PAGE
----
''If those blokes hadn't got you out you would have been dead,'' the paramedic told him.

Bradley would like now to know who those blokes were but, at that moment, he had more pressing concerns. He was late for training. He insisted the ambulance stop and let him out. He made it to the track. The next day he woke up and could hardly move.

''That's his dedication,'' Burbridge marvels. ''I try to dedicate myself because he does so much for me. I don't want to let him down.''

Things have not been easy of late. Not just because of the accident. Burbridge had trained regularly at Williamstown but four weeks ago that track closed. The unlikely pair then found themselves homeless, training wherever they could find a place to run. Sometimes they used even the Arden Street oval of the Kangaroos. Other times they simply picked a public park.

Bradley moves slowly these days and is labouring hard after the car accident left him with severe bruising to his chest and lungs and needing to see a cardiologist, ASAP. To him that meant after Stawell.

The thought that drives him on is one more big win. ''I get personal satisfaction from this,'' he says. ''None of my runners pay me. Just personal satisfaction. If the lad wins on Monday, he'll keep that $40,000. That's his, he trains for it. I merely coached him.''

It would be some story and Burbridge does not rule it out. ''I'm still running, I got through,'' he says. ''Anything can happen.''

2 Re: Jim Bradley and the Stawell Gift on Tue Apr 05, 2011 10:50 am



Adam Burbridge from Westmeadows, right, with his coach Jim Bradley.

Not even a car crash can stall Jim Bradley's drive
By Scott Gullan
Herald Sun
April 05, 2010

HE'S the Bart Cummings of pro running, the doyen of the coaching ranks who has trained some of the sport's greats, but Jim Bradley almost didn't make it to Stawell this year.

The 89-year-old was in a serious car accident four weeks ago, on his way to training.

A driver ran a red light on Ascot Vale Rd and hit Bradley's car, knocking him unconscious. Two pedestrians jumped into the car to stop it rolling into on-coming traffic.

When Bradley came to in the ambulance. he refused to go to hospital, insisting he had to be at training.

"It nearly killed me," he said yesterday. "Two fellas saved my live and I don't know who they were.

"This other driver came through the red light and caught me right in the corner and the car twisted.

"My seatbelt strangled me and I couldn't move. I was desperate to get the door open as the car was still running and it was in gear.

"I can remember roaring like hell and the next thing I knew I was in the ambulance.

"I don't know how long I was in the ambulance but I heard this voice and it turned out to be a paramedic.

"He said: 'This bloke should get himself some Tatts tickets because if those blokes hadn't got him out he would have been dead'.

"They then said I had to go to hospital but I said, 'I'm not going to hospital, I've got a runner at training and I'm going there'."

So he went to training where his only athlete, Adam Burbridge, was waiting.

"I couldn't walk, I couldn't move my legs, I couldn't stand up," Bradley said.

Bradley went to a doctor the following day and was told he had severe bruising in the chest and lungs and there was nothing you can do to fix it.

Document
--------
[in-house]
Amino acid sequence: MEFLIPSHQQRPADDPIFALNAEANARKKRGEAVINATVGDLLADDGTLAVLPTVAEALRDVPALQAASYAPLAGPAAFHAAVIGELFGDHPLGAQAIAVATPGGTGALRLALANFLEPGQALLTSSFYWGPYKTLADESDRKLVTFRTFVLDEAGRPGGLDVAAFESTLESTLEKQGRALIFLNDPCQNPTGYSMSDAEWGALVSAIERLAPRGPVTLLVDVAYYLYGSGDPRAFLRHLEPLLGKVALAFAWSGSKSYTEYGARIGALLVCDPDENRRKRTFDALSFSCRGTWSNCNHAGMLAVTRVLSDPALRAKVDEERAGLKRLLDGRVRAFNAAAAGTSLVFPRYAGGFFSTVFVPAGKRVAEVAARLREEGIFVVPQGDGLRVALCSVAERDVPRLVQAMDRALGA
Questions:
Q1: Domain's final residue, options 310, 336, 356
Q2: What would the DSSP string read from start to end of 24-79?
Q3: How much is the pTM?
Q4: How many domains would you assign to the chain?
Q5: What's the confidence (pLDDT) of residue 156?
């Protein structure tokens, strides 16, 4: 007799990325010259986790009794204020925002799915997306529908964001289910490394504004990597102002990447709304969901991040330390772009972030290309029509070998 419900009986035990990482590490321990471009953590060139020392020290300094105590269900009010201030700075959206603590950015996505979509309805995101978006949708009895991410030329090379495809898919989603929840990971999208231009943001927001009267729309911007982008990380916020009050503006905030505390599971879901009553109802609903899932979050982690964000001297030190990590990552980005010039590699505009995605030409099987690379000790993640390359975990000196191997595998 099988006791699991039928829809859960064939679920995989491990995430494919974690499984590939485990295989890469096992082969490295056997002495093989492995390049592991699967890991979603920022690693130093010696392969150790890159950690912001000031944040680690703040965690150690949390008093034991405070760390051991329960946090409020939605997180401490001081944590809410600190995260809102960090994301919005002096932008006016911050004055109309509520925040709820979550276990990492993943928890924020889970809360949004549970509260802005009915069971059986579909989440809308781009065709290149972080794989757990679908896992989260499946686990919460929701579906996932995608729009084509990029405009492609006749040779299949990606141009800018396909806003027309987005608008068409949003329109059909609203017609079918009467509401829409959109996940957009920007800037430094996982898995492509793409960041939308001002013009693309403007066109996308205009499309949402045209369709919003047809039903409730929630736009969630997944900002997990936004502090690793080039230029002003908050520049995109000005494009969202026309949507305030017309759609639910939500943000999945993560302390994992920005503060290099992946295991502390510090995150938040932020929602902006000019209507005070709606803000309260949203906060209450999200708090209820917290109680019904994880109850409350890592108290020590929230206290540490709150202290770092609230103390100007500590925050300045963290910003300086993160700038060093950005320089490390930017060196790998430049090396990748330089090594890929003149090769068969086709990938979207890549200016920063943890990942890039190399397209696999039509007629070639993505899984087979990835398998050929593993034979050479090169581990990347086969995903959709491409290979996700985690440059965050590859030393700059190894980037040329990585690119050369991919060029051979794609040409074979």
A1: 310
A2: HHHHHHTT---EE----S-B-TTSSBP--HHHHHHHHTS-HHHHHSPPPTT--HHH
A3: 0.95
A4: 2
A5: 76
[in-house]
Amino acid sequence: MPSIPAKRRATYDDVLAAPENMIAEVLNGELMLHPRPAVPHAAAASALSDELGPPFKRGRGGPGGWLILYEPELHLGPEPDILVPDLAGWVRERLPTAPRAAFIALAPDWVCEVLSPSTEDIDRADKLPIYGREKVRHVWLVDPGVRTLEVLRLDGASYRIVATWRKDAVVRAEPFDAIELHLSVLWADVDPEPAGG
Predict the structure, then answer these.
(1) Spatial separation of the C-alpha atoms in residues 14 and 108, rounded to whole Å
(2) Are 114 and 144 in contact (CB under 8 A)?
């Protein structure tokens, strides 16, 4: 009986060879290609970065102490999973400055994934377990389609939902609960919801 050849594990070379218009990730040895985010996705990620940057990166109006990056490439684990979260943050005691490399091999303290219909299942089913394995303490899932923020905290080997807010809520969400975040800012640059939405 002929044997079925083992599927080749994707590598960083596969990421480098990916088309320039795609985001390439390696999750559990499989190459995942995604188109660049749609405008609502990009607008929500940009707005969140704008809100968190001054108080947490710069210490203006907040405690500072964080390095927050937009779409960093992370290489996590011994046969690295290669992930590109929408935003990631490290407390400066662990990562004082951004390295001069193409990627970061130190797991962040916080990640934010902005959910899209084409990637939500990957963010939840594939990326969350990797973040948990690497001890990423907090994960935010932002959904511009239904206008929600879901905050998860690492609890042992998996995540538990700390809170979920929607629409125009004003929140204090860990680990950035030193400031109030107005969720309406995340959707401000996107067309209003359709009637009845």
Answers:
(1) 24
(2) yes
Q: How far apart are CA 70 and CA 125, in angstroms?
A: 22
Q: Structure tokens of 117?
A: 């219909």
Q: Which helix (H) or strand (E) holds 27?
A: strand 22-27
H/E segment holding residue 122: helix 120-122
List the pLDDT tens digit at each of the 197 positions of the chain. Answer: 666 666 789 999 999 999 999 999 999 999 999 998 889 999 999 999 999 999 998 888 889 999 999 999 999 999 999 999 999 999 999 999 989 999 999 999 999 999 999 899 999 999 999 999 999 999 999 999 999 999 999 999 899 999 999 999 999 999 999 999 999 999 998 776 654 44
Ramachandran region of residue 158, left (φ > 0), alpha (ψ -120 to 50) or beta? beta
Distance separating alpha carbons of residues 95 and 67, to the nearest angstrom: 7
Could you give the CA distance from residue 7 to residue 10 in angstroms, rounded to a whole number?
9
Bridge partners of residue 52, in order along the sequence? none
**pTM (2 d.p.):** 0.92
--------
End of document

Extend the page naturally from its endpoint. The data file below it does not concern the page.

"It's painful but it will go away," said Bradley, who has an appointment with a specialist later this week for another check-up.

"I've just been coming good today actually. I can walk without really staggering. Before that people were saying, 'He's on the drink'."

Burbridge, who is in his second stint with Bradley, is full of admiration for his veteran mentor.

"What happened with the accident and then he still came to training, that is dedication," he said.

"So I try to dedicate myself because he does so much of those sorts of things for me. I don't want to let him down."

Bradley, who is renowned for creating the Speedball and other fitness equipment, trained two outstanding Gift winners, Steve Brimacombe in 1991 and Glenn Crawford in 1995.

His training methods haven't varied over the years. He trains Burbridge seven days a week on a diet of steak and chips.

"I have been eating steak and chips all year," Burbridge said.

"I go to the market every Sunday and buy four steaks and then go again on Thursday and buy three more steaks so it is all fresh.

"My housemates cannot believe that I eat the same thing over and over again but I'm not sick of it.

"I actually started boiling my potatoes and I said to Jim I was doing a bit of mash instead of steak and chips. He said to me, 'mash, you can't do that, it has to be chips'."

Burbridge ran second in the Gift final as a 19-year-old behind Andrew Pym in 2001 under the guidance of Bradley but then lost his way before reconnecting with the legendary coach two years ago.

"I train on my own with Jim. I think is amazing that people don't tap into his knowledge," he said.

"It's better for me to have one-on-one training, he looks at me and studies me and knows what's best for me."

After a flat run in Saturday's heats - Burbridge ran 13.02sec to finish second behind Brendan Matthews - Bradley knows he will have to pull out some magic from his bag of tricks to get his man firing in today's semi-final.

"He's a much better runner than he showed in the heat," Bradley said.

"He just had an off day, that's all.

That can happen to anyone, so I think I'll give him half a bottle of whisky."